// this creates an infinite loop using web worker recursion 😱
setTimeout(() => {
let worker = new Worker('worker.js');
worker.onmessage = (e) => console.log(e.data);
worker.postMessage('PING');
}, 1000)
};

Now we have an infinite loop of ping pong Workers 🤗. I’m spawning a lot of workers here and in real-world scenarios you can do so too, we will see a better more sustainable example at example 4 where we will delegate work to multiple workers.
* Too many workers can make the browser get out of memory and crash.

Example 3: Importing scripts for workers

Nowadays this is pretty useless since you would probably use webpack to pack multiple modules into a single script, but if you wish, you can import scripts directly into the worker using “importScripts”.
So, for example, you can see this worker, that will turn strings into kebab case.

importScripts('https://cdn.jsdelivr.net/npm/lodash@4.17.11/lodash.min.js');

onmessage = ({data}) => {
postMessage(_.kebabCase(data))
};

So, for the script:

// create a new worker from our script
let
worker = new Worker('worker.js');
// wait for a message and log it's data
worker.onmessage = (e) => console.log(e.data);
// post a message to the worker
worker.postMessage('In the grim darkness of the far future there is only war');

We will get the output: “in-the-grim-darkness-of-the-far-future-there-is-only-war” (It’s a warhammer reference, look it up 😁).

Example 4: Distributing load across workers

We are going to use a similar system to the example I made in my “node worker threads” post, we will generate a huge random array and distribute it between workers so each will have to sort a small part, making the sort much faster, and less UI blocking.

Delegating work to multiple workers

For this example, each worker will close itself after its done sorting its share:

// CPU consuming function (sorting a big array)
function
sortBigArray(bigArray) {
return bigArray.sort((a, b) => a - b);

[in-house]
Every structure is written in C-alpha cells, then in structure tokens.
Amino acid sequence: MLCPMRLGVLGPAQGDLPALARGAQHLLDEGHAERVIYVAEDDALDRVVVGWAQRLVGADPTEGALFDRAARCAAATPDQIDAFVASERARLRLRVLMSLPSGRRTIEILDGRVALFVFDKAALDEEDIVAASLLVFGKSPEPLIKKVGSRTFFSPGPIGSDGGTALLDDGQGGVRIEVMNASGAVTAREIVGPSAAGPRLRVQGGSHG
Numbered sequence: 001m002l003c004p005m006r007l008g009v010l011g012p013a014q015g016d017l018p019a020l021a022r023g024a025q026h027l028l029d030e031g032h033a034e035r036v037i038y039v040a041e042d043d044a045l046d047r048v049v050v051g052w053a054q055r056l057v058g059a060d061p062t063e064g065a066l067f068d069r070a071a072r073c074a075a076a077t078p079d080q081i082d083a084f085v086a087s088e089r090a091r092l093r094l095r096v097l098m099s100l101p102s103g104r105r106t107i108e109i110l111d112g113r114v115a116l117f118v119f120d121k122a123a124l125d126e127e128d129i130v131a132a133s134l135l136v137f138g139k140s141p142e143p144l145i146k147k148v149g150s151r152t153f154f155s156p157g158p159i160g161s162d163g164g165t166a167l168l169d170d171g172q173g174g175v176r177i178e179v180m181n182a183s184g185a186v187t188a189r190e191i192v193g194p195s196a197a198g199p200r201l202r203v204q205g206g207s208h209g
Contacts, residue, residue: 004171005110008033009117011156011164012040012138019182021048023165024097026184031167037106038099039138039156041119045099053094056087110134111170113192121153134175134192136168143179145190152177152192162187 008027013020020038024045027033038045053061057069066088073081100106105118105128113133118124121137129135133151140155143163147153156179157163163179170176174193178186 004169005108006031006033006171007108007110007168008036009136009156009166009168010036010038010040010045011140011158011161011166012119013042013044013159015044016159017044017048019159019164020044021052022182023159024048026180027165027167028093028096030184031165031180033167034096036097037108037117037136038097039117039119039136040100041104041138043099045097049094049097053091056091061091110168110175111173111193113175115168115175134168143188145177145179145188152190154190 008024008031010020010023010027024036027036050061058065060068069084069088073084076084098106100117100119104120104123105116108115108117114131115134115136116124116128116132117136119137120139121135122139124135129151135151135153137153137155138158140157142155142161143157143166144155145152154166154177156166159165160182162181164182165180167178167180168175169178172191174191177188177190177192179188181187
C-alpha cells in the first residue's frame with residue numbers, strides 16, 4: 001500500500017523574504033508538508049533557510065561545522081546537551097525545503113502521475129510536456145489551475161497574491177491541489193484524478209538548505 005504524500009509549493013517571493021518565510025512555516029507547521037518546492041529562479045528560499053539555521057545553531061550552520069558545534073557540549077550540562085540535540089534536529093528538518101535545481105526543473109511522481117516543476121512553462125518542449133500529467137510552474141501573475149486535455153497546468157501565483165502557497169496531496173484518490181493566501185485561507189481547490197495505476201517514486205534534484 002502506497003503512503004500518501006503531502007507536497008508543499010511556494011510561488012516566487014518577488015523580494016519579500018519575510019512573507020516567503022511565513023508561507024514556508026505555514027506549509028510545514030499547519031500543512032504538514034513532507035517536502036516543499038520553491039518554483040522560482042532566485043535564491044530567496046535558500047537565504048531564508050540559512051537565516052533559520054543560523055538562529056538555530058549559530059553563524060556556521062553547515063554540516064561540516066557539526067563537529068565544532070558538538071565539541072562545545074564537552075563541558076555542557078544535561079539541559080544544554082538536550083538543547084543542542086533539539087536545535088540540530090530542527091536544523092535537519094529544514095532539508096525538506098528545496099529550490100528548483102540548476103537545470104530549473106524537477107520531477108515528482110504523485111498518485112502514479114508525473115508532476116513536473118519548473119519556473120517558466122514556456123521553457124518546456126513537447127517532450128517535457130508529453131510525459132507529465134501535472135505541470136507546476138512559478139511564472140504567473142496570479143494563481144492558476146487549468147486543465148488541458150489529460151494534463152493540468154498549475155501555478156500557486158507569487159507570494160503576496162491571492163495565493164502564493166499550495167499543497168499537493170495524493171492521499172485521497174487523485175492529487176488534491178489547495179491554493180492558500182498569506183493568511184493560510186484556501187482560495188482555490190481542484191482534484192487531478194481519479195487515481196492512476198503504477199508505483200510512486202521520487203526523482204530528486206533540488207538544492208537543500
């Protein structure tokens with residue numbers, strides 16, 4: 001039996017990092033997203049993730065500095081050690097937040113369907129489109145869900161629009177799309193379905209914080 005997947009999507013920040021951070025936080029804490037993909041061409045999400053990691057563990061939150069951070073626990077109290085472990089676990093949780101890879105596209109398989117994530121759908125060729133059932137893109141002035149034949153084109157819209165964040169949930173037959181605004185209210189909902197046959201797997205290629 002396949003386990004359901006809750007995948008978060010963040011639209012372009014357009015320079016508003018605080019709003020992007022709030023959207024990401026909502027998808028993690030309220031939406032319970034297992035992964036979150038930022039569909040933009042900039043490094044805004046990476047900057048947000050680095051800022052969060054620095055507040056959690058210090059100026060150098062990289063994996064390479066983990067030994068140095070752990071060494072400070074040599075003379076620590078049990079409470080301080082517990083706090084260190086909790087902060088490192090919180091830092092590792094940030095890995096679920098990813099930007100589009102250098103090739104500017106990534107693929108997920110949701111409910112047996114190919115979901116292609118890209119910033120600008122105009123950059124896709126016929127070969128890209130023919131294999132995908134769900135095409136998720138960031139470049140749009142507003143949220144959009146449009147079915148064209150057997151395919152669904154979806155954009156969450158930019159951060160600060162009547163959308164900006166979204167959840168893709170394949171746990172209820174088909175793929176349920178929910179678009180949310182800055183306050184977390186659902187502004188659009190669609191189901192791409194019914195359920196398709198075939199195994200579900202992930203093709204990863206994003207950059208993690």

}

onmessage = ({ data }) => {
// sort
const
sorted = sortBigArray(data);
    // send the sorted array back
postMessage(sorted);
    // we are done and can close the worker 🙌
close();
};

And for our UI script (script.js), I use “console.time” and “console.timeEnd”, these are chrome features to easily count time for code execution.
Also I’m using “navigator.hardwareConcurrency” to get the best number of worker threads to use (the number of logical processors available), it has great browser compatibility, but just in case I have a default value of 4, you can spawn more workers, but 100 workers on an 8 CPU computer will be slower than 8 workers.

generated 5000000 numbers: 303.572021484375ms
sorted 5000000 numbers with 8 workers: 3900.599853515625ms
sorted 5000000 numbers on ui: 8191.495849609375ms

That’s 47.6% improvement in execution time, plus we didn’t block the UI when doing it with web workers, do notice that the browser has to clone the data for each worker, so that takes some extra time, but it was still worth it.

Shared workers

Shared workers are a bit more complicated and their use cases are usually very specific. MDN describe it perfectly:

A shared worker is accessible by multiple scripts — even if they are being accessed by different windows, iframes or even workers.